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What's With The Midsection?

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I hear it all the time: middle-aged women wondering why they can’t shake the extra layer of fat from their midsection. “I used to have a tiny waist,” they’ll lament. “I exercise. I eat right. What’s going on here?”

Take heart. You’re not alone, and in many cases it’s not your fault. You’re fighting an uphill battle on two major fronts. First, if you’ve had children, the pregnancies have stretched the skin and muscles of your abdomen to their limit, and frequently beyond. In general, the older you are while pregnant, the less resilient your body tissues, and the less they snap back into place once the baby is delivered. Moreover, in some circumstances an actual separation of the abdominal muscles occurs during pregnancy, which no amount of crunches will correct. Short of plastic surgery, there’s not much you can do to fix that.

Second, as we approach midlife, our hormones gradually begin rearranging themselves in a way that’s not conducive to maintaining a girlish figure. Estrogen, which causes your body to preferentially deposit fat in the breast and hip area, diminishes, allowing the more androgenic (i.e. male) pattern of fat deposition in the abdomen to take over. The breasts sag and the belly gets bigger. The result is a silhouette that looks less like an hourglass and more like a grandfather clock.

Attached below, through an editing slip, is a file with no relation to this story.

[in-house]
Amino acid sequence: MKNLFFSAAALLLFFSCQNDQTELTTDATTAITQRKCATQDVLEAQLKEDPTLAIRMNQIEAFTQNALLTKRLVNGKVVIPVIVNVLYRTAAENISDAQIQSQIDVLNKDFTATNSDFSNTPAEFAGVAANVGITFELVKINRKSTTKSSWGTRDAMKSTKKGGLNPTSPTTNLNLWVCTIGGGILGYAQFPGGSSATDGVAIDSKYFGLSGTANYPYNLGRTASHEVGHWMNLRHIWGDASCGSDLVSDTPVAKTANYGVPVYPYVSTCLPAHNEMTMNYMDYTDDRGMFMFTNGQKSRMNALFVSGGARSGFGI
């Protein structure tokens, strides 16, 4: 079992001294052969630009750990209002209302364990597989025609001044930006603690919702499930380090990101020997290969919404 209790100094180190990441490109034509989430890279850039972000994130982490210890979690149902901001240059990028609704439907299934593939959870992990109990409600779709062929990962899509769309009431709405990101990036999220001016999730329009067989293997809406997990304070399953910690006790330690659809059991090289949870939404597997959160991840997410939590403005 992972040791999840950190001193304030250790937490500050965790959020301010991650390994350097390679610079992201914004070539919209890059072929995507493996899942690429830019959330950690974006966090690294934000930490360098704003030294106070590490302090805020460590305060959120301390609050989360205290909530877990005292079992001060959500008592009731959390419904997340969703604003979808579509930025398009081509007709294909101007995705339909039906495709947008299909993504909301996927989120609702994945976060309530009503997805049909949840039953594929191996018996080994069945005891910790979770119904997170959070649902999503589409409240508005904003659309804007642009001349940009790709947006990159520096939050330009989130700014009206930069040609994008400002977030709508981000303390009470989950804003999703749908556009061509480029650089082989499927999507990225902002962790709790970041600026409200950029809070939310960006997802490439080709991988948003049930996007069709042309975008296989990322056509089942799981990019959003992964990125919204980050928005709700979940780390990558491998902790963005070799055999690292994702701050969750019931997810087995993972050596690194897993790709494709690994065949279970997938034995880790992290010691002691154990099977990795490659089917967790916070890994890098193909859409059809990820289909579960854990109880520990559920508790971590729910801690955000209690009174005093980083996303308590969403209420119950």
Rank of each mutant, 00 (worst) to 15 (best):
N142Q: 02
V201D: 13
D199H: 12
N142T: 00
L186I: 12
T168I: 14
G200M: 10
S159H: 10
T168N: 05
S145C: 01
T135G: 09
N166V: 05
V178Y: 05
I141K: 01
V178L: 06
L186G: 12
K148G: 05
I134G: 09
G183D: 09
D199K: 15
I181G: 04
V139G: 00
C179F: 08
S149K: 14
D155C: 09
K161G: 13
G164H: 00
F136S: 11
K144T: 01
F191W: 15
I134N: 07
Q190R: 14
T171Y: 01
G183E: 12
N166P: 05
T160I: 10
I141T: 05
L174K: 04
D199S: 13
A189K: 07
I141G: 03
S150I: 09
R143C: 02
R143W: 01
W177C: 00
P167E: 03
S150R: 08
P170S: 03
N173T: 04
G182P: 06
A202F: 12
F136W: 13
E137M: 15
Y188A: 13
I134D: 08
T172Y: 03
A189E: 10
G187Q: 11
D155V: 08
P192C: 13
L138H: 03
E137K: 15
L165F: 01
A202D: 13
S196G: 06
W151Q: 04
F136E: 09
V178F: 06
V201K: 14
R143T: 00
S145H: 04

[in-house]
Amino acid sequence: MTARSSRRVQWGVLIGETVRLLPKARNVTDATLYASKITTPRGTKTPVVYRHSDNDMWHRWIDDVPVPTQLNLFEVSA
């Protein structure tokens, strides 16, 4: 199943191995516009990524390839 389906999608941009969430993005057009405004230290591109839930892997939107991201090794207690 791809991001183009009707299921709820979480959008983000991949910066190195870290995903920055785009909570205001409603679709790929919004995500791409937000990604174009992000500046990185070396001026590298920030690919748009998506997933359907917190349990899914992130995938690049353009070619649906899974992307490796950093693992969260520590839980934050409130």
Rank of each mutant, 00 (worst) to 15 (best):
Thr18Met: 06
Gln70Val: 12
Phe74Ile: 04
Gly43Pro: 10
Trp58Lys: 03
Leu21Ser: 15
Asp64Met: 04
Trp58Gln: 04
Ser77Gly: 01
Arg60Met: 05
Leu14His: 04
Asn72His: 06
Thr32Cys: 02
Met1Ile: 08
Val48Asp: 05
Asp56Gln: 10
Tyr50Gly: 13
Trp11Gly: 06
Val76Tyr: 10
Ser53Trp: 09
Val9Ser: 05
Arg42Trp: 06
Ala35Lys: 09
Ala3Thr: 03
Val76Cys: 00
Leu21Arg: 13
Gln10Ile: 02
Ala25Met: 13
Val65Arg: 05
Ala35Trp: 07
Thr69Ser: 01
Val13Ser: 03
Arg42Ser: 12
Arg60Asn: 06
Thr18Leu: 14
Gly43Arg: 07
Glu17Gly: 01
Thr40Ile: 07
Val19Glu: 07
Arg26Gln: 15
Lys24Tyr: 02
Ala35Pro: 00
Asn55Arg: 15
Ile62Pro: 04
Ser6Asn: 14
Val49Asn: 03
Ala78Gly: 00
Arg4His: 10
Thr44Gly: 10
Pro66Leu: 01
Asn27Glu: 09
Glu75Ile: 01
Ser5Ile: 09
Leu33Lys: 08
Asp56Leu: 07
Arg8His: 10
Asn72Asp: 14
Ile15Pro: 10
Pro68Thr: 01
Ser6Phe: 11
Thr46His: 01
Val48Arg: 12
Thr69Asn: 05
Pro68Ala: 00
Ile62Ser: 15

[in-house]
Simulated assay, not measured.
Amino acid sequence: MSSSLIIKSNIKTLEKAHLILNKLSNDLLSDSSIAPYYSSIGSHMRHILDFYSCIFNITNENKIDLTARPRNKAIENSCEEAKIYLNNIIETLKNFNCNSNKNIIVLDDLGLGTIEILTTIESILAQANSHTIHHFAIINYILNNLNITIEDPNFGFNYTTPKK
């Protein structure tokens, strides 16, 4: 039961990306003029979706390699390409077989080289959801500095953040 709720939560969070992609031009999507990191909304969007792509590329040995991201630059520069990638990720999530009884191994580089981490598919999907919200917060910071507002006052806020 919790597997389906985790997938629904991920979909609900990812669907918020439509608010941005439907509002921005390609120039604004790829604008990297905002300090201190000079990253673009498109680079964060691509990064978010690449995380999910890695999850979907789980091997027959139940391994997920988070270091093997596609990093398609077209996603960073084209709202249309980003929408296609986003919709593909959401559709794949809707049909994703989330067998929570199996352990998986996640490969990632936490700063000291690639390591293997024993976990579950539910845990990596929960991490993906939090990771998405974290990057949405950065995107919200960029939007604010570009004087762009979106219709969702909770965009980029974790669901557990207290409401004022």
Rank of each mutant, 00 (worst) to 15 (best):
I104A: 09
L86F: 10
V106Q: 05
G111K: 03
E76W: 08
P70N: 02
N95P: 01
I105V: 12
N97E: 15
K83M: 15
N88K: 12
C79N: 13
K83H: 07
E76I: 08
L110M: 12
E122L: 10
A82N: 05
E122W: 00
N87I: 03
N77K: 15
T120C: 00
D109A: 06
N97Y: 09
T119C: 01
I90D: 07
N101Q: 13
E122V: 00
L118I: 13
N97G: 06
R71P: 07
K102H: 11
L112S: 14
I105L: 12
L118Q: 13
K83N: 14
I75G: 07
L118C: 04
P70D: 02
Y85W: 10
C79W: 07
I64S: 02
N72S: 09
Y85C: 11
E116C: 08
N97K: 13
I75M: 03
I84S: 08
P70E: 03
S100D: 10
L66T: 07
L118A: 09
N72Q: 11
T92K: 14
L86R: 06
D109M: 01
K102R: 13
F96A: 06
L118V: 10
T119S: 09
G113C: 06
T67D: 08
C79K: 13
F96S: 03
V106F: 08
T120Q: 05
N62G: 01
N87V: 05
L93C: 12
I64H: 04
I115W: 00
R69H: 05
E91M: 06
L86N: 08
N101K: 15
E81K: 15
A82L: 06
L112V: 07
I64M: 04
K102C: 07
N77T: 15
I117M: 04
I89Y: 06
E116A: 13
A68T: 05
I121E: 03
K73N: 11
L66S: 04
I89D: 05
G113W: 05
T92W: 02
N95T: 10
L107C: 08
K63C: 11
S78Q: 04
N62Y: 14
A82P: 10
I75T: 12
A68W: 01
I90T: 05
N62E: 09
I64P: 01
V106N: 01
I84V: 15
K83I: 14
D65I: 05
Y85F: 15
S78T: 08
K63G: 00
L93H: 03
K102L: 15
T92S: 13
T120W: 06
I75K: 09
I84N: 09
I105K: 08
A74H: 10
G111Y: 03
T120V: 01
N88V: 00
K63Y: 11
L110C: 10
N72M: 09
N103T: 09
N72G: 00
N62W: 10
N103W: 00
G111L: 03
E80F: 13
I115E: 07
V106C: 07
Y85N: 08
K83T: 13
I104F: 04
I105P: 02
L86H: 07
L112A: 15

All of this is said not to discourage a healthy diet and regular exercise. On the contrary, these are your strongest weapons to fight the battle of the middle. However, know that a somewhat larger midsection is to be expected as you get older, and reflects no shortcoming of your own.

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We value and respect our HERWriters' experiences, but everyone is different. Many of our writers are speaking from personal experience, and what's worked for them may not work for you. Their articles are not a substitute for medical advice, although we hope you can gain knowledge from their insight.

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